But I'll completely agree with you that a detailed running processes article would be very helpful. I'm still using XP until I build my next system and would like something like Viper's XP page to give me a detailed explanation of all the junk running in the background I really don't need. Even better, go into a detailed explanation of how to create different profiles/log ins with different plans in mind. For instance, a gaming profile with the bare essentials to play (maybe even 2 separate profiles, one that does not require the internet for multiplayer support, and thus can not load all the antivirus/IPblocker software), a "secure" profile for bill paying and the like, an "idiot proof" profile that the average teenager/mom/old person can't destroy.

    I'd pay money for a well-written detailed article on that!
    Reply
  • Jynx980 - Wednesday, September 3, 2008 - link

    I have been using Wintasks by Uniblue/liutilities to check out processes. It works pretty well and sure beats googling up unknown processes and ones I have forgotten about. I think it is now part of "SpeedUpMyPC 2009" (http://www.liutilities.com/products/speedupmypc/)">http://www.liutilities.com/products/speedupmypc/) I can't seem to get the links button to work.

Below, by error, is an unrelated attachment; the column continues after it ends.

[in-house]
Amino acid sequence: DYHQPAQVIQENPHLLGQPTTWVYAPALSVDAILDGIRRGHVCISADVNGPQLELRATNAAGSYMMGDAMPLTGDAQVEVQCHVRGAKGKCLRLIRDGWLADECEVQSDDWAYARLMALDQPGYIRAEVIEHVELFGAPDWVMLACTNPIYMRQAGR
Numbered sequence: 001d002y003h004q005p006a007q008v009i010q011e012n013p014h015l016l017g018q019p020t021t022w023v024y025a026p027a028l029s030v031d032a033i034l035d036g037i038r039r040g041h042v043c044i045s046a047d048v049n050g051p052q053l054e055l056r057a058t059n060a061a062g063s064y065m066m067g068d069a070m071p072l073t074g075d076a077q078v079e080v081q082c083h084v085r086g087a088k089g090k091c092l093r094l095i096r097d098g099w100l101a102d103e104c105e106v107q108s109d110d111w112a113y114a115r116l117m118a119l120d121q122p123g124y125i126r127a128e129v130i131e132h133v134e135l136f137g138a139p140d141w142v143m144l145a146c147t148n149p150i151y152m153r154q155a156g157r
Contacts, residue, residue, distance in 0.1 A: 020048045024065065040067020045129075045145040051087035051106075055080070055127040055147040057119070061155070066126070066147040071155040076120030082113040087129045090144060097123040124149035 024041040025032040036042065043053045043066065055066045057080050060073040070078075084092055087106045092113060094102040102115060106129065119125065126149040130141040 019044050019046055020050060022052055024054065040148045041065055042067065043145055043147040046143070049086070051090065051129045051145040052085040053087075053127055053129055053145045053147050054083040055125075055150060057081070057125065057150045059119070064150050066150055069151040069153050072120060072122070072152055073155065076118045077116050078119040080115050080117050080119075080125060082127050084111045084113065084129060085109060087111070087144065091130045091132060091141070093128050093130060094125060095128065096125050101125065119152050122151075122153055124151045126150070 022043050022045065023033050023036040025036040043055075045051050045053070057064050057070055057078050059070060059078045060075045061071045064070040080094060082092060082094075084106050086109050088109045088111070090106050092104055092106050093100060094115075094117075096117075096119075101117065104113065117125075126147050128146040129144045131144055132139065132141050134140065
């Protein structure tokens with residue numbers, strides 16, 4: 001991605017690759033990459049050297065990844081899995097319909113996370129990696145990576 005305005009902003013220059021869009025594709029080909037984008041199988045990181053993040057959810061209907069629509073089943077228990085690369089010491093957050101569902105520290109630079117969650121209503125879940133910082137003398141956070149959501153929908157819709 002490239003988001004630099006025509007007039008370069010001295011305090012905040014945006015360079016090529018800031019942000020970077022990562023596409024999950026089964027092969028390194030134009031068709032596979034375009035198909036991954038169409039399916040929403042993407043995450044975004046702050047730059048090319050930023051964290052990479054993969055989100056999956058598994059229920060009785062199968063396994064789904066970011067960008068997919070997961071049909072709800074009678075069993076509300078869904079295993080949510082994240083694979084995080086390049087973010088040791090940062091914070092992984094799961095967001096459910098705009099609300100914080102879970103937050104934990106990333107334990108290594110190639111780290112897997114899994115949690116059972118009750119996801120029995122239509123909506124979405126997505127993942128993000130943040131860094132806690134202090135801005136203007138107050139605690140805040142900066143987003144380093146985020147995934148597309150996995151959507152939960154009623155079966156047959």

There's also The Elder Geek guide (http://www.theeldergeek.com/services_guide.htm)">http://www.theeldergeek.com/services_guide.htm).

    I guess the Black Viper site is back. I have no idea what happened to him but he's back anyways. He also used to have different profiles. Maybe this page will help (http://www.blackviper.com/WinXP/xpprofiles.htm)">http://www.blackviper.com/WinXP/xpprofiles.htm)

    The trouble with profiles is that no matter how many are made, someone is going to have problems. In short, if the person doesn't understand what their doing, they should learn more about it first or avoid it altogether. That's just an IT pipe dream though.

    Several other sites have services covered so I don't see what more Anadtech could bring to the table. Maybe an introduction article, benchmarks on profiles and after shutting down some common unneeded processes, that would work.

    And to stay on topic, Chrome is great/and or sucks.

    Reply
  • Alyx - Friday, September 5, 2008 - link

    A while back I saw a article on turning all the un-needed stuff off that the black viper site recommends. The machines with stuff turned off had nearly identical resource usage and actually performed worse. Since then I've never bothered with all the optimizations. The amount of time you save is way offset by the headache and time spent setting everything up. Reply